The responsibility in our hands is to continue to support the promotion of the Italian language and to continue to finance it as much as possible. We also have to modify the old teaching methods; now we will teach the language as part of a project of cultural promotion. From my knowledge of this country, the language & culture pairing should be inverted in order of importance, that is culture & language.
Americans’ cultural interests inspire them, and that then becomes linguistic competence. In America this is more common than the opposite, which is what happens in other countries.”
This is the guiding principle behind our work at i-Italy! First presenting our culture in English, then inviting our readers to study Italian. It’s impossible to reach an American simply by saying, “study Italian.”
“No doubt! This is our duty, and it needs to continue this way, with clarity of mind.
There’s also another thing that Americans need to do. I feel they’re making several cuts, not only Italian, but also other foreign languages in the Humanities departments of important universities. This is a cultural-political choice that I feel is very dangerous. If a country that is rigidly monolingual closes its doors at a time when being as open as possible is necessary, it needs to be aware of the consequences that will result for the next generations.”
History teaches this subject in America. Many generations of Italian Americans lost their original language, “obligated” by society to integrate and speak only English.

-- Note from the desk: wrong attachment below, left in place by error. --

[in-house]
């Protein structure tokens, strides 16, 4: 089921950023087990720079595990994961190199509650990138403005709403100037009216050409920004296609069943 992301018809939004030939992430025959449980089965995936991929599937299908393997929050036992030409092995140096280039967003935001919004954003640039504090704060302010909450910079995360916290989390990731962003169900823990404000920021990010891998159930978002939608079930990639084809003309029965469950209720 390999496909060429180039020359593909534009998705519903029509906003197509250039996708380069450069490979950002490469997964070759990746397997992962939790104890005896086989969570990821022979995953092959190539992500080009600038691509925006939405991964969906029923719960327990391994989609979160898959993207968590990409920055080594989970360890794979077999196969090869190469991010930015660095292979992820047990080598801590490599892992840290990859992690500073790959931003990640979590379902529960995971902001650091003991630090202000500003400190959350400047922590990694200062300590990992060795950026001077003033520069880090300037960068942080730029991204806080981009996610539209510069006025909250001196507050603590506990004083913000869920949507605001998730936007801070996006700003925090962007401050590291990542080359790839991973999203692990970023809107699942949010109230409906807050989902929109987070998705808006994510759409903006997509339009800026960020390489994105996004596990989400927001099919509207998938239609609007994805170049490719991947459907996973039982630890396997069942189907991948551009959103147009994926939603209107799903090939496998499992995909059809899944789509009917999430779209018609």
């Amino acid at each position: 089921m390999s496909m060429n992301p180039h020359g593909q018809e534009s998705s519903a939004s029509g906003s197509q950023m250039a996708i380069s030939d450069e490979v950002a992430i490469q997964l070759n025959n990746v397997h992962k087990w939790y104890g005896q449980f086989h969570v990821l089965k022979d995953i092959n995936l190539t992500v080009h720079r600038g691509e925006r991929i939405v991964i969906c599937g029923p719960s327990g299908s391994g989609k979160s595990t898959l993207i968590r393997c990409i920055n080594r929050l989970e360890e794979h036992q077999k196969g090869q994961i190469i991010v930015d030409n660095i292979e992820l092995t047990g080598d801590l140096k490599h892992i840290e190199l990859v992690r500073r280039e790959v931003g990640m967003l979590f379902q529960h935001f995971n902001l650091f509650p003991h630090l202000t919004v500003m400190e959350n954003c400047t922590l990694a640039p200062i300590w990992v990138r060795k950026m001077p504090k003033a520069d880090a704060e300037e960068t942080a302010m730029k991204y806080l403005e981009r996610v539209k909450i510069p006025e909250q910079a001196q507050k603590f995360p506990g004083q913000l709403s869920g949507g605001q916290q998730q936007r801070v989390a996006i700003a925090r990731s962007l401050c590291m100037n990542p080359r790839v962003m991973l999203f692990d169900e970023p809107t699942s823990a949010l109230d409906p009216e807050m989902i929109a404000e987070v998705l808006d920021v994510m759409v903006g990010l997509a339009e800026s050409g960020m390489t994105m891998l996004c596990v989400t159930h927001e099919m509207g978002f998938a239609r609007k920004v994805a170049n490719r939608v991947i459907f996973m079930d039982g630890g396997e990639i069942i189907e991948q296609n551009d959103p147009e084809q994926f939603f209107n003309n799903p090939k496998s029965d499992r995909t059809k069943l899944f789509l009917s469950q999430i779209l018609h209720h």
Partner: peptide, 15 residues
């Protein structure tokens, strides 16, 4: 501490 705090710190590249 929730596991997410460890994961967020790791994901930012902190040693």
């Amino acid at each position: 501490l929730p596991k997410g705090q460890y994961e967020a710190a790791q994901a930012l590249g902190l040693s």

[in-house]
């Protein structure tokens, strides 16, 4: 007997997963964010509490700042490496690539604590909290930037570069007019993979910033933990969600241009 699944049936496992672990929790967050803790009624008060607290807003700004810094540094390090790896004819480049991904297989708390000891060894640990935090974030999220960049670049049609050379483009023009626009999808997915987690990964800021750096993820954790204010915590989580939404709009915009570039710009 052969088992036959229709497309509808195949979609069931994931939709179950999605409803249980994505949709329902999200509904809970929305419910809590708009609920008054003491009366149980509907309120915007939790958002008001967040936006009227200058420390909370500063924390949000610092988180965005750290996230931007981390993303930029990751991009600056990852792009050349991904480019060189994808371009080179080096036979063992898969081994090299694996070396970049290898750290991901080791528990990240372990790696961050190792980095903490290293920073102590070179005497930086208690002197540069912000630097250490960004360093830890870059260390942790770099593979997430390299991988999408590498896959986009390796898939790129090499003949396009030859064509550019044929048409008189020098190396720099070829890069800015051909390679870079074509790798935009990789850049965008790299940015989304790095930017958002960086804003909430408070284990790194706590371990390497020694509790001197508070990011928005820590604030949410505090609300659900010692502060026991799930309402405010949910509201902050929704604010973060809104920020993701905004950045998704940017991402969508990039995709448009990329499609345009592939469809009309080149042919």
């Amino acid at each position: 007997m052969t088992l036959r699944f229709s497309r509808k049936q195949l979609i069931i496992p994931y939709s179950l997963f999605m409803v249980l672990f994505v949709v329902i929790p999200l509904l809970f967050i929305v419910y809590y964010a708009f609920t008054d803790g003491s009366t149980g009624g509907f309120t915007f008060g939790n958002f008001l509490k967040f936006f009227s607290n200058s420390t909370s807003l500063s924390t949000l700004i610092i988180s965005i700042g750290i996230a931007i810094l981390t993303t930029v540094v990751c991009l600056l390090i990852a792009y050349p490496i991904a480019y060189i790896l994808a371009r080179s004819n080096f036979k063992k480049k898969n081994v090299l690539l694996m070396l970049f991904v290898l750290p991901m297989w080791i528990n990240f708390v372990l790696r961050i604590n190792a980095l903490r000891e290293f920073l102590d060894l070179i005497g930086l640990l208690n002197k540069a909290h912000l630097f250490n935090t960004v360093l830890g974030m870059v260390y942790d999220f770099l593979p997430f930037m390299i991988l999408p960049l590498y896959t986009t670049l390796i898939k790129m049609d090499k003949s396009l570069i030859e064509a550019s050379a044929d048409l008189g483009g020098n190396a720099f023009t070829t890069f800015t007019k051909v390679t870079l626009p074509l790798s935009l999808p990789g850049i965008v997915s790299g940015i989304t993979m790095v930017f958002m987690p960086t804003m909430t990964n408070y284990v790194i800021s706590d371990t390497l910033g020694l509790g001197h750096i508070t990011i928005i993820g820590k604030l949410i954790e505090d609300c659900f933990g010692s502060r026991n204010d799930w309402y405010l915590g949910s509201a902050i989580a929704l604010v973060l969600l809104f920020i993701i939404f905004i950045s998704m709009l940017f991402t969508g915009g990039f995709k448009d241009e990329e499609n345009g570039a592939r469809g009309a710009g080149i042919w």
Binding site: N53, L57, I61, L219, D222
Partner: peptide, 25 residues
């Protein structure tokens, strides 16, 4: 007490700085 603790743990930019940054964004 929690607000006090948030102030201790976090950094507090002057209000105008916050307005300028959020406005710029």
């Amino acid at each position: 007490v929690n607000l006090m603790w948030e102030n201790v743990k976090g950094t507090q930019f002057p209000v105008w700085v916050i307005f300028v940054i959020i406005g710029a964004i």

“This doesn’t only apply to Italian; it was a policy regarding all languages. Therefore, we will do what we need to do, but we are also calling for a bit of courage and responsibility on their part because it’s as if they are stealing from the cultural endowment left for their children and grandchildren."
Is there anything that you think is important, that you want to say, and that I didn’t already ask you?
“In general, to the United States, to the Italians who are here, but also to those interested in our country… I think that today the connection between Europe and America, specifically between Italy and America, is very strong. There is a high-conductivity steel thread of scientific and cultural diplomacy that links us. Therefore, it’s of extreme importance to continuously invest in these partnerships, in these contacts, and to focus ourselves on more than just our output for the next day and for the next year, even if it’s scientific output. It’s a great idea to invest in innovation — provided it is understood as it should, as technology transfer, as the creation of start-ups — and it should always be accompanied by a growing sensibility for the broader cultural dimension of innovation."
At the beginning I asked you to present yourself to the readers. Behind a minister, a person that has an institutional duty, there’s always a person with her own story. We often forget about this because speaking about institutions makes the individual person seem distant. You’re also a woman and a mother. What crosses your mind first thing in the morning when you wake up and begin your duty as Minister?
“That’s one heck of a question! I don’t deny that my first thoughts are always related to what I’m expecting that day (which is fitting for a person with such a gigantic responsibility) so I can manage it as well as possible. But personally I have a particularly strong attention to the “sentimental” side of life: kids and love. And I always reflect on the fact that for a career woman – in Italy mainly, but perhaps also here from what I see – the price to pay is still extremely high. I wish that for the next generations (she said with a smile directed at Consuls Isabella Periotto and Chiara Saulle, who were present at the time of the conversation) there coud be some lighter thoughts for a change.”